Ideas for the first stage of recording for Foley Room began taking shape in 2005 while Tobin was on tour to support Chaos Theory (Ninja Tune, 2005), which he had recorded in collaboration with UbiSoft Entertainment for the company's Splinter Cell 3 video game. “It just sprung out of nerd-dom, really,” Tobin recalls with a laugh. “I'd been talking to my soundman Vid Cousins for a while about getting very tiny sounds and trying to make them into big, epic sounds. We're just into sounds in general, and I wanted to see what musical things could be drawn out of recorded noises.”

Tobin soon got his hands on a Nagra IV-S portable reel-to-reel tape deck — the latter-day descendant of the ever-reliable and rugged unit that has been used for decades on remote film shoots to capture ambient sound and dialog while on location. Supplementing that with a pair of high-definition microphones by Earthworks Audio, Tobin and Cousins were ready to dive in, criss-crossing the country on a quest to amass as many animal and machine-made sounds as they could get in roughly a nine-month period.

The journey also included stops at several different studios, including the Kronos Quartet's studio loft in San Francisco. Foley Room's opening track (and leadoff single) “Bloodstone” features the string quartet's haunting drones as its central theme (along with Patrick Watson's equally chilling piano figures), but it was the recording experience itself that presented Tobin with a pivotal discovery that added to the song's overall dynamic.

“I sat in the middle of the four of them with headphones and the handheld mics,” he explains, citing the near-total lack of handling noise from the Earthworks pair, “and what was delicious about it was that I could hold the mics out, and if I wanted more cello or less viola, I could just move my hands and have the balance I wanted. It was as if I was turning faders on the desk. I'm pretty sure you're not supposed to record that way [laughs], but one of the nice things about making this record was that I entered it with no knowledge of how you're meant to record things. I just did what felt right at the time, and I'm sure I made some mistakes that ended up being useful for me in later stages.”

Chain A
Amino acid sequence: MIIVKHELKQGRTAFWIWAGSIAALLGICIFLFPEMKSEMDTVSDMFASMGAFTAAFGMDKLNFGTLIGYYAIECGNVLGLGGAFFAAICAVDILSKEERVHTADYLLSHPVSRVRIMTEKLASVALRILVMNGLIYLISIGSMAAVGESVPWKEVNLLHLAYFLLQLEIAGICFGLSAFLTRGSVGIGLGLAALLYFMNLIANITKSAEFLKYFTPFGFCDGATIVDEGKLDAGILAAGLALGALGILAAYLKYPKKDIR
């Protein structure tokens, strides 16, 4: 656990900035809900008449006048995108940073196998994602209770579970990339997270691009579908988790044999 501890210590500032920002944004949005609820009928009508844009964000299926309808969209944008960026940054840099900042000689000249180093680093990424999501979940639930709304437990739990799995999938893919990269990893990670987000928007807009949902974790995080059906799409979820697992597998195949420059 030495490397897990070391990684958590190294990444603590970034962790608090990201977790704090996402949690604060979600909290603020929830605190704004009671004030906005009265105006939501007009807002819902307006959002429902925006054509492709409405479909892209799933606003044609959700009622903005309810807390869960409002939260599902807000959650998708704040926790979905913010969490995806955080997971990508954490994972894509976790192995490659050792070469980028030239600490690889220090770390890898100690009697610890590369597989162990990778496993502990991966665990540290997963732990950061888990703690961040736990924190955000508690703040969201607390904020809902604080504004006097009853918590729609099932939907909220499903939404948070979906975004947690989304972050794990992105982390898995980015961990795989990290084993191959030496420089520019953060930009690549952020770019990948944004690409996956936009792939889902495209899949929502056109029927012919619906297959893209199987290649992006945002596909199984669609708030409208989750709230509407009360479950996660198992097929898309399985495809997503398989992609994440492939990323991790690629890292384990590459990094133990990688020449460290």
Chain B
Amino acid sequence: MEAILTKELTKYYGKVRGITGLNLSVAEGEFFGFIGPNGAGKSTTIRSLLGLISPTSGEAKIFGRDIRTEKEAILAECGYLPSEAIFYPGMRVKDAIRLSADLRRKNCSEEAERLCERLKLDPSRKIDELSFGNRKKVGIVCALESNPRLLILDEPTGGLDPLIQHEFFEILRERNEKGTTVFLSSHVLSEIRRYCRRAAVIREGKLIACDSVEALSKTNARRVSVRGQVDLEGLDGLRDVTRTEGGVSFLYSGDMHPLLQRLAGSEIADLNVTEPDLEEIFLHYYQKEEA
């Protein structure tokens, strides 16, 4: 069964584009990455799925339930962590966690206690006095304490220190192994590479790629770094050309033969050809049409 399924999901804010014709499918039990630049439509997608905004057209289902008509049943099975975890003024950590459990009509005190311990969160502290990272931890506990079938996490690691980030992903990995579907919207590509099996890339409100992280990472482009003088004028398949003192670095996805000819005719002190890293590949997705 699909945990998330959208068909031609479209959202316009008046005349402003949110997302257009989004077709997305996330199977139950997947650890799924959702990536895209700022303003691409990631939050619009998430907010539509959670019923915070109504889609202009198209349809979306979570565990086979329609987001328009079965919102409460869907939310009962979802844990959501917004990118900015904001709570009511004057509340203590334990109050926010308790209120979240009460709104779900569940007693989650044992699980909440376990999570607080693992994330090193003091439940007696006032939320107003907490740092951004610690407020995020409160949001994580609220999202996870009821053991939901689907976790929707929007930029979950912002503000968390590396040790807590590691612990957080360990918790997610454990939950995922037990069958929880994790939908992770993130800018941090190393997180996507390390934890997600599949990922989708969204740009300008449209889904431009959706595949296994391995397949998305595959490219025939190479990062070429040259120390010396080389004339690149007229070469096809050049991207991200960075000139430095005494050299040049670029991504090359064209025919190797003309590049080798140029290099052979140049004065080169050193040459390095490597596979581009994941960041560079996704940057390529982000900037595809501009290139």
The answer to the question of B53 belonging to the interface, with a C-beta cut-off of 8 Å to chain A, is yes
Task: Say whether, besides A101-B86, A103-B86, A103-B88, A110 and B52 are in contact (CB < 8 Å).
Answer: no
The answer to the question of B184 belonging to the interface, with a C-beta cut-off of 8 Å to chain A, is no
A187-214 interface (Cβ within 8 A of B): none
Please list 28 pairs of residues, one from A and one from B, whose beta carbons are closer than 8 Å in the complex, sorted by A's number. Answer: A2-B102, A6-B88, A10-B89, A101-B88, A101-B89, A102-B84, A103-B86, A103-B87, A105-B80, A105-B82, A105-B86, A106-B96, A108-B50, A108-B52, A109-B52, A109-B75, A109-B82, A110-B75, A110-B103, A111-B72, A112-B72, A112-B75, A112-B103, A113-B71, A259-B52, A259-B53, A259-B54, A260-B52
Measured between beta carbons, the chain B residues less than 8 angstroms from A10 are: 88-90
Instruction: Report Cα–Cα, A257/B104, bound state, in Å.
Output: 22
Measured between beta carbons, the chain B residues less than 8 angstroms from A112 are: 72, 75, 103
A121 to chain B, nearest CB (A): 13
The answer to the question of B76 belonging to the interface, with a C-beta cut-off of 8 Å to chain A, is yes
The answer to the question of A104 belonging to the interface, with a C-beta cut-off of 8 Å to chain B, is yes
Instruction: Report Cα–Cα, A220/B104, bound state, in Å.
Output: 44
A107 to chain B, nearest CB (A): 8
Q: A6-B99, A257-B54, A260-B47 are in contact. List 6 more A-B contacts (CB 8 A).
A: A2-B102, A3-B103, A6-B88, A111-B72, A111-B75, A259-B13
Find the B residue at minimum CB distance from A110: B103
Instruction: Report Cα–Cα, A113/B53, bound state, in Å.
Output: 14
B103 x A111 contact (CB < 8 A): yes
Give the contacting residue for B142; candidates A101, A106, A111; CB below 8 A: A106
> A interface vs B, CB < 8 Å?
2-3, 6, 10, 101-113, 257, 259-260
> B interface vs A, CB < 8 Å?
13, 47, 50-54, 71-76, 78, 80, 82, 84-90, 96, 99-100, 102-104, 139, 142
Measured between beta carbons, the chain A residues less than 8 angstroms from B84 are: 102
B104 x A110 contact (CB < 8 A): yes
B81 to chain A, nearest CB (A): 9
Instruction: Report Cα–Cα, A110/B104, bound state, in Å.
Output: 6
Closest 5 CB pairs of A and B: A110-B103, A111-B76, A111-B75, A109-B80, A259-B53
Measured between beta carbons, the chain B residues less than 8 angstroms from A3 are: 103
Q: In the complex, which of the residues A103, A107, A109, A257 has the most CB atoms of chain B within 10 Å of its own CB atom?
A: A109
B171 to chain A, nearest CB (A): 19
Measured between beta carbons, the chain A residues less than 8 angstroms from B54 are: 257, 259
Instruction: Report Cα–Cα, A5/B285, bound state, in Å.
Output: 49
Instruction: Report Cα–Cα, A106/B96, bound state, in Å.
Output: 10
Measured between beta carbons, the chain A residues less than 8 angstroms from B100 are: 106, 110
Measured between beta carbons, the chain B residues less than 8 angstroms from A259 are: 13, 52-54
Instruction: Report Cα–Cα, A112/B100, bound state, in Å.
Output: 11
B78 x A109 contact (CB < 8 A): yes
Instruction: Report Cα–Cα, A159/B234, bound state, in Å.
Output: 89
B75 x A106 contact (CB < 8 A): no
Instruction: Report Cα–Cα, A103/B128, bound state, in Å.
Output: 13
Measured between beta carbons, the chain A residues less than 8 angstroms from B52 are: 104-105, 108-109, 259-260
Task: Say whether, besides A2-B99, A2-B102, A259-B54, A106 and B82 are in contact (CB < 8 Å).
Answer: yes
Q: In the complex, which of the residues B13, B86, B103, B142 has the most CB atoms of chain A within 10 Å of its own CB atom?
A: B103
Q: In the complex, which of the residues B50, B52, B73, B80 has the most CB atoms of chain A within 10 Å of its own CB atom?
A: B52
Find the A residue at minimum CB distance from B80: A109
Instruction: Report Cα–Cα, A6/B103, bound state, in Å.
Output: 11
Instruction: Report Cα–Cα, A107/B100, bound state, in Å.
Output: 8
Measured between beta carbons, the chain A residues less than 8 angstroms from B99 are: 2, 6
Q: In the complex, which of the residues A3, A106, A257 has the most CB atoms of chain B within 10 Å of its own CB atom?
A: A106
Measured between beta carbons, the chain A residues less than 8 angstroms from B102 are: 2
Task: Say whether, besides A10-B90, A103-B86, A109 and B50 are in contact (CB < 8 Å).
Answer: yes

Naturally, percussion and drums comprised an essential ingredient in the making of Foley Room, just as they have for the bulk of Tobin's recorded output. Most of the drum elements were tracked with Stefan Schneider at Planet Studio in Montreal — again, primarily using the Earthworks/Nagra setup, along with several overhead mics — and later dumped into Cubase for chopping and sequencing at his home studio (see sidebar, “Visions of a Beatsmith”). One of the more stripped-down, syncopated and yet strangely busy examples is the aptly named “Kitchen Sink” — a throwback of sorts to Tobin's more overt drum 'n' bass concoctions, but with a sophisticated organic feel that recalls Photek's classic “Ni Ten Ichi Ryu” at a slower tempo.

“I had this idea of trying to make quite a liquid song by actually taking parts of the drum kit and submerging them to see if we could bend the sounds by hitting them in different areas,” Tobin says. “So Stef took his kit apart and put bits of it in these vats of water that we had in the studio. We were just dipping cymbals, and he was striking them at different points of submersion, or he'd float these little metal bowls on the surface of the water, and if you struck them with metal sticks, you'd get that lovely bending sound — like when you're doing the dishes.”